Date of Award
Master of Science (MS)
Dr. Dan Benardot
Dr. Anita M. Nucci
Dr. Walter R. Thompson
The Relationships Between Real Time Energy Balance, Hunger, and Body Composition
Delk A, Benardot D, Nucci A, & Thompson WR.
Georgia State University
Introduction: Previous research has indicated that hunger is associated with the quantity, volume, and macronutrient composition of food intake. Hunger has never been assessed from the viewpoint of real time energy balance, although there is limited research on hunger and eating frequency.
Purpose: The purpose of this study was to evaluate the relationships between real time energy balance, hunger, and body composition in college students between the ages of 18-30.
Methods: Participants were assessed for body composition using a Tanita scale and energy balance was determined on an hourly basis using NutriTiming® software. A hunger scale was used to assess participant hunger every hour.
Results: There is a statistically significant relationship for the entire population between energy balance average and body fat percent (R= -0.376; P=0.037). Hours spent in energy deficient is positively associated with body fat percent (R=0.467; P=0.008), while hours spent in an optimal energy balance is negatively associated with body fat percent (R= -0.465; P=0.009). Hours spent in an energy balance surplus (+400 kcals) were not significantly associated with body fat percent. However, hours spent in an anabolic state (>0 kcals) was negatively associated with body fat percent (R=-.457; P=.010). Conversely, hours spent in a catabolic state (<0 kcals) were positively associated with body fat percent (R=.457; P=0.10). Using linear regression analysis with body fat percentage as the dependent variables and age, height, weight, gender, and hours in optimal energy balance, we determined that we could predict a large amount of variance in body fat percentage (R= .931; P= <.001). The only time during the day that there was a significant correlation between body fat percent and hunger was at 5pm (R= -0.391, P = 0.029).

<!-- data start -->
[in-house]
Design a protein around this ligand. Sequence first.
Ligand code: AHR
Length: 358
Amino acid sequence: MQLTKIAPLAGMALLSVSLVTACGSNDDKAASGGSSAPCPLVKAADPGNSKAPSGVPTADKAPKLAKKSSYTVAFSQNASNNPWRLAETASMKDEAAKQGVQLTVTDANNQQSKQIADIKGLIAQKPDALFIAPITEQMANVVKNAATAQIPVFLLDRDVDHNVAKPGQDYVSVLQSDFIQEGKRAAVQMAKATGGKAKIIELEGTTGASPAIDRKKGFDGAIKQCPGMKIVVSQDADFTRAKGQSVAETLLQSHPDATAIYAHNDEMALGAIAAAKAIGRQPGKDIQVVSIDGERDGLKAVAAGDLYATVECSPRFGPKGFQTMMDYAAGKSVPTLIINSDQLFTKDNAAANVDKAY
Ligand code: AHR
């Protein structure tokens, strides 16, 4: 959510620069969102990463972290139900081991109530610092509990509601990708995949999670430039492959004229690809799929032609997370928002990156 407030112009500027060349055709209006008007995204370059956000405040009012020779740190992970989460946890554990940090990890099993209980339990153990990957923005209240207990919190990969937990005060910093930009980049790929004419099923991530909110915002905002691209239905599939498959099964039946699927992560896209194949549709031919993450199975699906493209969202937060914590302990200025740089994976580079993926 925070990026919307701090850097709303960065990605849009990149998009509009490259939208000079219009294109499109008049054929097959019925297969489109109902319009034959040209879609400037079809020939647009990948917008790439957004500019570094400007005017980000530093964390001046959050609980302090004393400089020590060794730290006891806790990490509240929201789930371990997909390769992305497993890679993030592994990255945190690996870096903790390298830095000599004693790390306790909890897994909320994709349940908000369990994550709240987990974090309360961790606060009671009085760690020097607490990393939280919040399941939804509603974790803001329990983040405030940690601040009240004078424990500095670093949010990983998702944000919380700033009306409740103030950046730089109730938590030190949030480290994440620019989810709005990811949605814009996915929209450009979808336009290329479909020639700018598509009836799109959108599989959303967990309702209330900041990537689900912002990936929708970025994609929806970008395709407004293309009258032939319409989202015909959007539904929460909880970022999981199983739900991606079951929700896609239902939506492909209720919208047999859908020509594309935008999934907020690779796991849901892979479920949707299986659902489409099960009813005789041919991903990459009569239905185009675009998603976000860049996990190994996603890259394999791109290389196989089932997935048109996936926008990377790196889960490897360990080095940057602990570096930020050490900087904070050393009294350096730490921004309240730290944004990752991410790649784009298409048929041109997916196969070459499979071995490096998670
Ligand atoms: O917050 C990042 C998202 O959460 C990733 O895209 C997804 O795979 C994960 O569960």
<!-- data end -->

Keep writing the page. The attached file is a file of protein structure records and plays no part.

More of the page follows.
Conclusions: These data suggest that that the more time spent in energy deficit is associated with a higher body fat percent. This should encourage college students between the age of 18-30 to avoid restrictive eating patterns and strive to maintain optimal energy balance in order to achieve a low body fat percent.
Delk, Ashley, "The Relationships Between Real Time Energy Balance, Hunger, and Body Composition." Thesis, Georgia State University, 2014.